Australian places include ones with names where a word is repeated to make the name. These names are nearly always derived from indigenous Australian languages.[1]

These names are examples of reduplication, a common theme in Australian toponymy, especially in names derived from Indigenous Australian languages such as Wiradjuri. Reduplication is often used as an intensifier such as "Wagga Wagga" many crows and "Tilba Tilba" many waters.

The phenomenon has been the subject of interest in popular culture, including the song by Australian folk singer Greg Champion, Don't Call Wagga Wagga Wagga.[2] British comedian Spike Milligan, an erstwhile resident of Woy Woy, once wrote "Woy it is called Woy Woy Oi will never know".[3]

NameStatePlace name meaning (where known)
Ban Ban Springs QueenslandBan means "grass" in the local Kabi dialect.[4]
Baw Baw National Park Victoria Baw Baw is an Aboriginal word meaning "echo".[5]
Beggan Beggan New South Wales
Bli Bli QueenslandNamed after "billai billai", Aboriginal for swamp oak.[6]
Boonoo Boonoo National Park New South WalesThe place name means "poor country with no animals to provide food" and is Aboriginal in origin.[7]
Bong Bong New South WalesThe place name is Aboriginal for "blind or a watercourse lost in a swamp" or "many watercourses; many frogs".[8]
Bongil Bongil New South Wales The name Bongil Bongil is the name of a sub-group of the Gumbaingerie tribe which occupied the general area bounded by the Clarence River in the north, the Nambucca River in the south, Dorrigo in the west and the Pacific Ocean.[9]
Bungle Bungle Range Western AustraliaA corruption of "bundle bundle", a grass common to the Kimberley region.[10]
Curl Curl New South Wales Name may be derived from Aboriginal phrase "curial curial" meaning river of life.[11]
Mount Dom Dom Victoria
Doon Doon New South Wales
Drik Drik Victoria An Aboriginal word for "Stoney Stoney" [12]
Gin Gin Queensland The name was derived from the original station name, which used a local Aboriginal word indicating "red soil thick scrub".[13]
Gin Gin New South Wales
Gingin Western Australia Name may be derived from local Aboriginal word for "place of many streams"
Gol Gol New South Wales
Goonoo Goonoo New South Wales "Plenty of water".[14]
Greg Greg New South Wales
Grong Grong New South Wales "Very hot".[15]
Gumly Gumly New South Wales
Jellat Jellat New South Wales
Kin Kin Queensland
Kurri Kurri New South Wales
Lang Lang VictoriaLang Lang was formerly known as Carrington, after Lord Carrington. The Aboriginal name "Lang Lang" means "Clump of Trees".[16]
Mitta Mitta Victoria
Mona Mona Mission Queensland (Aboriginal community in far north Qld)
Mooney Mooney New South Wales
Terrick Terrick National Park Victoria
Terry Hie Hie New South Wales
Tilba Tilba New South Wales Said to be a Thawa Aboriginal term for 'many waters'.[17]
Wagga Wagga New South Wales 'Wagga wagga' is probably a Wiradhuri term for 'many crows'. It should be noted that 'waggan', for one type of crow and 'waggura', for another have been recorded; also: reeling (a sick man or a dizzy man); to dance, slide or grind.[18]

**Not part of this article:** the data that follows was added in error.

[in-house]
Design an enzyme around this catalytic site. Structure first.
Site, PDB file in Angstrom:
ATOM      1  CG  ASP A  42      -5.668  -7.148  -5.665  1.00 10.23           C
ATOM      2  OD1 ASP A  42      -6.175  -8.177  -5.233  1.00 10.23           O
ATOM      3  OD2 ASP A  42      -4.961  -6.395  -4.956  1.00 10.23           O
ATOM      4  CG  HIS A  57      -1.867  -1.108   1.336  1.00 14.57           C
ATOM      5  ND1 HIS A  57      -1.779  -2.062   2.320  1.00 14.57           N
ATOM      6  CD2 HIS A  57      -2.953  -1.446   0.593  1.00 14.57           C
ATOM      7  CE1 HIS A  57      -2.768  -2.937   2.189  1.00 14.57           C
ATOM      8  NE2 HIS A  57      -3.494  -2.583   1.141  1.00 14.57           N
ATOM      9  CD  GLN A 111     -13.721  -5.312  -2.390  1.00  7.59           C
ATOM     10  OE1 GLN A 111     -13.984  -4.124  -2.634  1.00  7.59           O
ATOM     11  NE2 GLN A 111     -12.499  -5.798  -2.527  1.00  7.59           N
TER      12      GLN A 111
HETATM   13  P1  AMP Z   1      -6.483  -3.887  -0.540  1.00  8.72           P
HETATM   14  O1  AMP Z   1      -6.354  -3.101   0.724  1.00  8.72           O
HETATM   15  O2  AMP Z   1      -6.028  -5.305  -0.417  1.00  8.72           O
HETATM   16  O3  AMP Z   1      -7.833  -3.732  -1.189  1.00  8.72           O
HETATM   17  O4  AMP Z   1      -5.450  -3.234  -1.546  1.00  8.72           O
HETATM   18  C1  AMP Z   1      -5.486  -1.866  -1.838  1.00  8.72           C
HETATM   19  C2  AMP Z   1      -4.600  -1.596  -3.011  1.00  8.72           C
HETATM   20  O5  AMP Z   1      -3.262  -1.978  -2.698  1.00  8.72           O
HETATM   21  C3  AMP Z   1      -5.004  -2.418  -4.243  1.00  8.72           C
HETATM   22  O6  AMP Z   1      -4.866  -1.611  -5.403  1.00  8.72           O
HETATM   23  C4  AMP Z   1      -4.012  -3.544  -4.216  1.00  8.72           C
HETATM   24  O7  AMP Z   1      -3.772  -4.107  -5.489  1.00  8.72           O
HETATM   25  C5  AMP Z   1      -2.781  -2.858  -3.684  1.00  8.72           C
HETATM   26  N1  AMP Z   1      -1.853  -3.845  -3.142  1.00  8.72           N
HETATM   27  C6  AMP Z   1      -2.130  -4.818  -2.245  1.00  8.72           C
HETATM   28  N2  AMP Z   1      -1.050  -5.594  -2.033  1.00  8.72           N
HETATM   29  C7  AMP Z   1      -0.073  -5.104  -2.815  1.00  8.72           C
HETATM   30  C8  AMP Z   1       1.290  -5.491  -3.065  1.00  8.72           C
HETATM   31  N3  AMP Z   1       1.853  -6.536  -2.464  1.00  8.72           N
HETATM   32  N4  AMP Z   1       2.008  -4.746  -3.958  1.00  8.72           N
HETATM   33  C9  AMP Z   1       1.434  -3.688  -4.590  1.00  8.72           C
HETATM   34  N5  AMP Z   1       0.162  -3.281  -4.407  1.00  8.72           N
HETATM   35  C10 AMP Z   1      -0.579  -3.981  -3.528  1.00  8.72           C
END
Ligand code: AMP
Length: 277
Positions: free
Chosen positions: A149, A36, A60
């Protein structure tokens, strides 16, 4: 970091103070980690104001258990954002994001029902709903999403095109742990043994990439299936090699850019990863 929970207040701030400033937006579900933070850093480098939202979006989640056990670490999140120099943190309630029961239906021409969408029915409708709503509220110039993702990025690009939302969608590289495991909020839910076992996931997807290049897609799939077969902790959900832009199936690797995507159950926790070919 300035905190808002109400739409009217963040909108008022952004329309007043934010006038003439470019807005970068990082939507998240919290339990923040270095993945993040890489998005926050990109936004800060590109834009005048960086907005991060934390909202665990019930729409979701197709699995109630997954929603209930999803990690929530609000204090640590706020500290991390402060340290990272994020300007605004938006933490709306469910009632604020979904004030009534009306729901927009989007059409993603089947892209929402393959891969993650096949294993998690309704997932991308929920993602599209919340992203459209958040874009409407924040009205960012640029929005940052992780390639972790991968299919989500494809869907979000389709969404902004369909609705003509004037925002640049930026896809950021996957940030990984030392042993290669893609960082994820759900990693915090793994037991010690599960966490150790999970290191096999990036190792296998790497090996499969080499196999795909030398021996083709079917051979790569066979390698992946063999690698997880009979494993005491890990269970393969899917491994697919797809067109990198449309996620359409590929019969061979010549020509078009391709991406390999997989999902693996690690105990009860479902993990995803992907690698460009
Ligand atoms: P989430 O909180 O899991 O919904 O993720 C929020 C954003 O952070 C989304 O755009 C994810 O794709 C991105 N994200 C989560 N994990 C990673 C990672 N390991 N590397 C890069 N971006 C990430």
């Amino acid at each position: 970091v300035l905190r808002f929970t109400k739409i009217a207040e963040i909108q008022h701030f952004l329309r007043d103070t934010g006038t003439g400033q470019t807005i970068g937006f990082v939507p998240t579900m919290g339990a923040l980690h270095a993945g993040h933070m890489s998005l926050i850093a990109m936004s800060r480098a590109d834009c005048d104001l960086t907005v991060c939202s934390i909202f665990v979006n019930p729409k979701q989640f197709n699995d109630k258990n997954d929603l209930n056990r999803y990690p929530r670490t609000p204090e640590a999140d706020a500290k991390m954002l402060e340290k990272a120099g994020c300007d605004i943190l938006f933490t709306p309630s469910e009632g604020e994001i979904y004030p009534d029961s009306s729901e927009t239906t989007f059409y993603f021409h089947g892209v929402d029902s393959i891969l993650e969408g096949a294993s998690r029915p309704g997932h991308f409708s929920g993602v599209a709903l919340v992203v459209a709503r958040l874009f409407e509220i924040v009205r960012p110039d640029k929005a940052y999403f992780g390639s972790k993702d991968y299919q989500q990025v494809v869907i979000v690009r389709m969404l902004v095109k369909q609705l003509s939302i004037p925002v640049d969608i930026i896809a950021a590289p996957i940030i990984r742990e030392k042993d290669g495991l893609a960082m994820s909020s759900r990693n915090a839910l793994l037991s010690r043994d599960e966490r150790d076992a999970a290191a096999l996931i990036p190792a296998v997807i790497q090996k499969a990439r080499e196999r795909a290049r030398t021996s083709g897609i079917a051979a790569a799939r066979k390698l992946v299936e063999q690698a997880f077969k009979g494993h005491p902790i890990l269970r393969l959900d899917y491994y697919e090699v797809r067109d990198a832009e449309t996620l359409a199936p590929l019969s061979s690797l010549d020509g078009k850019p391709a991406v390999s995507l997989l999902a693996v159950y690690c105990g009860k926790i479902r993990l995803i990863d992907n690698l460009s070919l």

Walla Walla New South Wales
Wallan Wallan Victoria
Wangi Wangi New South Wales
Woy Woy New South Wales Said to be an Awabakal Aboriginal term for 'deep water' or 'lagoon' [19]
Wujal Wujal Queensland (Aboriginal community in far north Qld)
Yeo Yeo New South Wales

See alsoEdit


  1. "The White Hat Guide to Australian Place Names". Retrieved 2008-05-13. 
  2. Champion, Greg; Haynes, Jim. "Don't Call Wagga Wagga Wagga". Warner/Chappel Music Australia. Retrieved 2009-05-19. 
  3. Fickling, David (2003-10-04). "Town lampooned by Spike Milligan bends over backwards to laud him". The Guardian. Retrieved 2009-05-19. 
  4. "Place name details: Ban Ban Springs". Queensland Government. 2008-03-04. Retrieved 2009-05-18. 
  5. "History". 1966. Retrieved 2009-05-18. 
  6. "Bli Bli - origin of name". Sunshine Coast Regional Council. 2009-02-26. Retrieved 2009-05-19. 
  7. NSW Geographical Names Board citing (Reed 1967)
  8. NSW Geographical Names Board citing (RAHS Journal Vol.1; Prt.8) and (McCarthy; 1963)
  9. NSW Geographical Names Board citing ( R Dacker, Aboriginal Land Council, Coffs Harbour)
  10. Riviera, Larry. "The BUngle Bungles". Retrieved 2009-05-19. 
  11. "Curl Curl". NSW Geographical Names Board. Retrieved 2009-05-19. 
  12. Brown, J. K. (1968). "Early History of Drik Drik". Retrieved 2009-05-18. 
  13. "Place Name Details" (PHP). Natural Resourses and Water (Queensland). 2008. Retrieved 2008-03-13. 
  14. "Wallabadah - Places to See". Retrieved 2009-05-18. 
  15. "Grong Grong". Geographical Names Board of New South Wales. Retrieved 2009-05-19. 
  16. Brief History of Lang Lang
  17. NSW Geographical Names Board citing (not verified) (Appleton; 1992)and (McCarthy; 1963)
  18. NSW Geographical Names Board citing (not verified) (Appleton; 1992)and (McCarthy; 1963)
  19. NSW Geographical Names Board citing (not verified) (Appleton; 1992)and (McCarthy; 1963)

Further readingEdit

  • Kennedy, Brian, & Kennedy, Barbara. & Australian Broadcasting Corporation. (2006) Australian place names ABC Books for the Australian Broadcasting Corporation, Sydney, N.S.W. ISBN 073331760X
  • Reed, A. W. (1967) Aboriginal place names Sydney ; Wellington : A.H. & A.W. Reed. ISBN 0730101274 (pbk)
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